Maybe so according to this study in which hospital outcomes were compared based on use or non-use of Up To Date:
We found that patients admitted to hospitals using UpToDate had shorter lengths of stay than patients admitted to non-UpToDate hospitals overall (5.6 days vs 5.7 days; P less than 0.001) and among 6 prespecified conditions (range, −0.1 to −0.3 days; P less than 0.001 for each). Further, patients admitted to UpToDate hospitals had lower risk-adjusted mortality rate for 3 of the 6 conditions (range, −0.1% to −0.6% mortality reduction; P less than 0.05). Finally, hospitals with UpToDate had better quality performance for every condition on the Hospital Quality Alliance metrics. In subgroup analyses, we found that it was the smaller hospitals and the non-teaching hospitals where the benefits of the UpToDate seemed most pronounced, compared to the larger, teaching institutions where the benefits of UpToDate seemed small or nonexistent.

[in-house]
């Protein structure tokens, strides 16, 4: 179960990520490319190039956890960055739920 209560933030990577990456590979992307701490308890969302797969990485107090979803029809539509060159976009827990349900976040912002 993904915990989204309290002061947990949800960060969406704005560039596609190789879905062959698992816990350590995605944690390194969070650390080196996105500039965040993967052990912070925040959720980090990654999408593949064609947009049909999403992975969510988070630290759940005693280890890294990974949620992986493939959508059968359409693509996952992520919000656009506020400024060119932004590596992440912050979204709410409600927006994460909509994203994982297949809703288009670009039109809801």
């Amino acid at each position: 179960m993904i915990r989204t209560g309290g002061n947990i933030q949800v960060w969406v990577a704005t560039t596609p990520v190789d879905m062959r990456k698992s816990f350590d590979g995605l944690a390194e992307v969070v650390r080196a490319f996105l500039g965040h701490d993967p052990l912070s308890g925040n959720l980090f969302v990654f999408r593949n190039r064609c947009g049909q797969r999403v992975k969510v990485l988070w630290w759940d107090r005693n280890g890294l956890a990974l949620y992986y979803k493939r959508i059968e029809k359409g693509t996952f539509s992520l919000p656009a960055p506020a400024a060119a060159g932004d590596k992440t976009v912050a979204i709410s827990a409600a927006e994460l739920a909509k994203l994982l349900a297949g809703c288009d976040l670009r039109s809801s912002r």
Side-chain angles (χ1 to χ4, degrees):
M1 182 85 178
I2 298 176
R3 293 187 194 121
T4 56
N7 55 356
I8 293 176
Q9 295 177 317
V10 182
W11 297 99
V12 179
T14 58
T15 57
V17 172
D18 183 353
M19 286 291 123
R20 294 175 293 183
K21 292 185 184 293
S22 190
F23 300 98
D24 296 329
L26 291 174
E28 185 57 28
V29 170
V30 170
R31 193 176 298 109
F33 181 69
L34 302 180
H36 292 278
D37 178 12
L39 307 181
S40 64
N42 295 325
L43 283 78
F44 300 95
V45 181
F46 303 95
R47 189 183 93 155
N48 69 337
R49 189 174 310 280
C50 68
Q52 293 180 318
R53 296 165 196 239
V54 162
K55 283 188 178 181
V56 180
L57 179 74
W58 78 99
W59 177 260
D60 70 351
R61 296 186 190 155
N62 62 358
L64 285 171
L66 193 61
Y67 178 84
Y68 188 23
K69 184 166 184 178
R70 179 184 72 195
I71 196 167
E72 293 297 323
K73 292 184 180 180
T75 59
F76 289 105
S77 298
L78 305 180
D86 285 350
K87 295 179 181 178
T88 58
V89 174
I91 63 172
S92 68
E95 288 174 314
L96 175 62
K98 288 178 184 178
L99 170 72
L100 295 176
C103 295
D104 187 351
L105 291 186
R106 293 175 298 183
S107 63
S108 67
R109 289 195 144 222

The study, by the way, according to the WSJ Health Blog, was funded by Up To Date. It passes the test of plausibility for me, and supports my long held contention that doctors need “tools not rules.” I hope we see more research in this exciting area.